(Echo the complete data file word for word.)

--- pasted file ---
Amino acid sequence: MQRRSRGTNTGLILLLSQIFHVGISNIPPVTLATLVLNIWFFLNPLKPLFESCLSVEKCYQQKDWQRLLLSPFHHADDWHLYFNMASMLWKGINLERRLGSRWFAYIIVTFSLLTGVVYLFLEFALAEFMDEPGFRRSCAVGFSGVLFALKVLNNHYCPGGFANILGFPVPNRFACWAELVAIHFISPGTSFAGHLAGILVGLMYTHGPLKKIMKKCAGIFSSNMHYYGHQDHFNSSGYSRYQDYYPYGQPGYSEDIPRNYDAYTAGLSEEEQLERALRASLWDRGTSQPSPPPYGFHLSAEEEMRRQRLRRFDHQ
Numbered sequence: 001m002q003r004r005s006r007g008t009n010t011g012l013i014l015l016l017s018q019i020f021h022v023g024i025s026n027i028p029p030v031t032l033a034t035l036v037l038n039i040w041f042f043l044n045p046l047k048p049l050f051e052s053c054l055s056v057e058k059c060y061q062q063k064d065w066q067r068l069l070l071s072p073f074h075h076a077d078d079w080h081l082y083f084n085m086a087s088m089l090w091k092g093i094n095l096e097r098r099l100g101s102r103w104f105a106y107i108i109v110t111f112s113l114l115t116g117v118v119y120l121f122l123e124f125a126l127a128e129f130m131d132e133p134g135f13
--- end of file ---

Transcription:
Amino acid sequence: MQRRSRGTNTGLILLLSQIFHVGISNIPPVTLATLVLNIWFFLNPLKPLFESCLSVEKCYQQKDWQRLLLSPFHHADDWHLYFNMASMLWKGINLERRLGSRWFAYIIVTFSLLTGVVYLFLEFALAEFMDEPGFRRSCAVGFSGVLFALKVLNNHYCPGGFANILGFPVPNRFACWAELVAIHFISPGTSFAGHLAGILVGLMYTHGPLKKIMKKCAGIFSSNMHYYGHQDHFNSSGYSRYQDYYPYGQPGYSEDIPRNYDAYTAGLSEEEQLERALRASLWDRGTSQPSPPPYGFHLSAEEEMRRQRLRRFDHQ
Numbered sequence: 001m002q003r004r005s006r007g008t009n010t011g012l013i014l015l016l017s018q019i020f021h022v023g024i025s026n027i028p029p030v031t032l033a034t035l036v037l038n039i040w041f042f043l044n045p046l047k048p049l050f051e052s053c054l055s056v057e058k059c060y061q062q063k064d065w066q067r068l069l070l071s072p073f074h075h076a077d078d079w080h081l082y083f084n085m086a087s088m089l090w091k092g093i094n095l096e097r098r099l100g101s102r103w104f105a106y107i108i109v110t111f112s113l114l115t116g117v118v119y120l121f122l123e124f125a126l127a128e129f130m131d132e133p134g135f13